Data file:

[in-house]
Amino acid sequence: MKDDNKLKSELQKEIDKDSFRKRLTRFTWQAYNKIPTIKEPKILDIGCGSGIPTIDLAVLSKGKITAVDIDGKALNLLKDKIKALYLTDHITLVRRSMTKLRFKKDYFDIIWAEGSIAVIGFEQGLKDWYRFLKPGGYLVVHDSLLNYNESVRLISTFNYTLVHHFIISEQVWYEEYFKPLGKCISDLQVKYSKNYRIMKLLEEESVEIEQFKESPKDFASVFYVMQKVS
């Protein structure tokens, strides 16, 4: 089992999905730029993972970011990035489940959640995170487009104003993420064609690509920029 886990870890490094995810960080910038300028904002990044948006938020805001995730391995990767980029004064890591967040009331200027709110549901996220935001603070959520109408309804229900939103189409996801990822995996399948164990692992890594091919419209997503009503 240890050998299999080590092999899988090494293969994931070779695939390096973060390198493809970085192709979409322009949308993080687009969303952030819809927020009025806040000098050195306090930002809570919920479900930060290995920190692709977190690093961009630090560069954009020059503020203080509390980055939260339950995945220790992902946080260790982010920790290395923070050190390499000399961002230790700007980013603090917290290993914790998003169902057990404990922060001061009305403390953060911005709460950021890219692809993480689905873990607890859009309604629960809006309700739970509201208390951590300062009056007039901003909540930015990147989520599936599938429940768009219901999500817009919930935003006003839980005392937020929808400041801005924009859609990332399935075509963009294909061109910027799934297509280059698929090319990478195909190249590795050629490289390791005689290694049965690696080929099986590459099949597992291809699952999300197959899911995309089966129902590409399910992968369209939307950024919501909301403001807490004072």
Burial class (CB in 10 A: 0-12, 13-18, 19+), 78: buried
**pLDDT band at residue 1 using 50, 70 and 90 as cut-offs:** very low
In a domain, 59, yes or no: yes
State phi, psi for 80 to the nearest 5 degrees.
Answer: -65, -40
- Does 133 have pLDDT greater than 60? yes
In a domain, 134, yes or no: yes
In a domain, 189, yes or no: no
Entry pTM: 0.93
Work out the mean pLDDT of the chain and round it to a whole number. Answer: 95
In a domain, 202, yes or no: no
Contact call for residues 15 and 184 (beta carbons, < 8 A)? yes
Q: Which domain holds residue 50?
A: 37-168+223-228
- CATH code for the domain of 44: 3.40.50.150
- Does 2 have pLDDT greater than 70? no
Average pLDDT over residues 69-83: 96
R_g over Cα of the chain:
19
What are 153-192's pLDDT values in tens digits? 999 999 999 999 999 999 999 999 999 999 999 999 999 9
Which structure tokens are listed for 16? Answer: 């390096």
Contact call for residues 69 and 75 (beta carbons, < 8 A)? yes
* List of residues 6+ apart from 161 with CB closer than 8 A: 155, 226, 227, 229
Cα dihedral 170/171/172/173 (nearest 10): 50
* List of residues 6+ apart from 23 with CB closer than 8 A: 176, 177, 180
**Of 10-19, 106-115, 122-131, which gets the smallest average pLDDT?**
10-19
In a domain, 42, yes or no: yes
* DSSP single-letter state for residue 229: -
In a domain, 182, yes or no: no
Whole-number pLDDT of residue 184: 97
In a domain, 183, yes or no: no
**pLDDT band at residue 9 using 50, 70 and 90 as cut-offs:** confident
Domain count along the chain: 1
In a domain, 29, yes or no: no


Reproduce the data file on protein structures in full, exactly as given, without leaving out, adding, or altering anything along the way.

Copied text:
[in-house]
Amino acid sequence: MKDDNKLKSELQKEIDKDSFRKRLTRFTWQAYNKIPTIKEPKILDIGCGSGIPTIDLAVLSKGKITAVDIDGKALNLLKDKIKALYLTDHITLVRRSMTKLRFKKDYFDIIWAEGSIAVIGFEQGLKDWYRFLKPGGYLVVHDSLLNYNESVRLISTFNYTLVHHFIISEQVWYEEYFKPLGKCISDLQVKYSKNYRIMKLLEEESVEIEQFKESPKDFASVFYVMQKVS
């Protein structure tokens, strides 16, 4: 089992999905730029993972970011990035489940959640995170487009104003993420064609690509920029 886990870890490094995810960080910038300028904002990044948006938020805001995730391995990767980029004064890591967040009331200027709110549901996220935001603070959520109408309804229900939103189409996801990822995996399948164990692992890594091919419209997503009503 240890050998299999080590092999899988090494293969994931070779695939390096973060390198493809970085192709979409322009949308993080687009969303952030819809927020009025806040000098050195306090930002809570919920479900930060290995920190692709977190690093961009630090560069954009020059503020203080509390980055939260339950995945220790992902946080260790982010920790290395923070050190390499000399961002230790700007980013603090917290290993914790998003169902057990404990922060001061009305403390953060911005709460950021890219692809993480689905873990607890859009309604629960809006309700739970509201208390951590300062009056007039901003909540930015990147989520599936599938429940768009219901999500817009919930935003006003839980005392937020929808400041801005924009859609990332399935075509963009294909061109910027799934297509280059698929090319990478195909190249590795050629490289390791005689290694049965690696080929099986590459099949597992291809699952999300197959899911995309089966129902590409399910992968369209939307950024919501909301403001807490004072």
Burial class (CB in 10 A: 0-12, 13-18, 19+), 78: buried
**pLDDT band at residue 1 using 50, 70 and 90 as cut-offs:** very low
In a domain, 59, yes or no: yes
State phi, psi for 80 to the nearest 5 degrees.
Answer: -65, -40
- Does 133 have pLDDT greater than 60? yes
In a domain, 134, yes or no: yes
In a domain, 189, yes or no: no
Entry pTM: 0.93
Work out the mean pLDDT of the chain and round it to a whole number. Answer: 95
In a domain, 202, yes or no: no
Contact call for residues 15 and 184 (beta carbons, < 8 A)? yes
Q: Which domain holds residue 50?
A: 37-168+223-228
- CATH code for the domain of 44: 3.40.50.150
- Does 2 have pLDDT greater than 70? no
Average pLDDT over residues 69-83: 96
R_g over Cα of the chain:
19
What are 153-192's pLDDT values in tens digits? 999 999 999 999 999 999 999 999 999 999 999 999 999 9
Which structure tokens are listed for 16? Answer: 């390096």
Contact call for residues 69 and 75 (beta carbons, < 8 A)? yes
* List of residues 6+ apart from 161 with CB closer than 8 A: 155, 226, 227, 229
Cα dihedral 170/171/172/173 (nearest 10): 50
* List of residues 6+ apart from 23 with CB closer than 8 A: 176, 177, 180
**Of 10-19, 106-115, 122-131, which gets the smallest average pLDDT?**
10-19
In a domain, 42, yes or no: yes
* DSSP single-letter state for residue 229: -
In a domain, 182, yes or no: no
Whole-number pLDDT of residue 184: 97
In a domain, 183, yes or no: no
**pLDDT band at residue 9 using 50, 70 and 90 as cut-offs:** confident
Domain count along the chain: 1
In a domain, 29, yes or no: no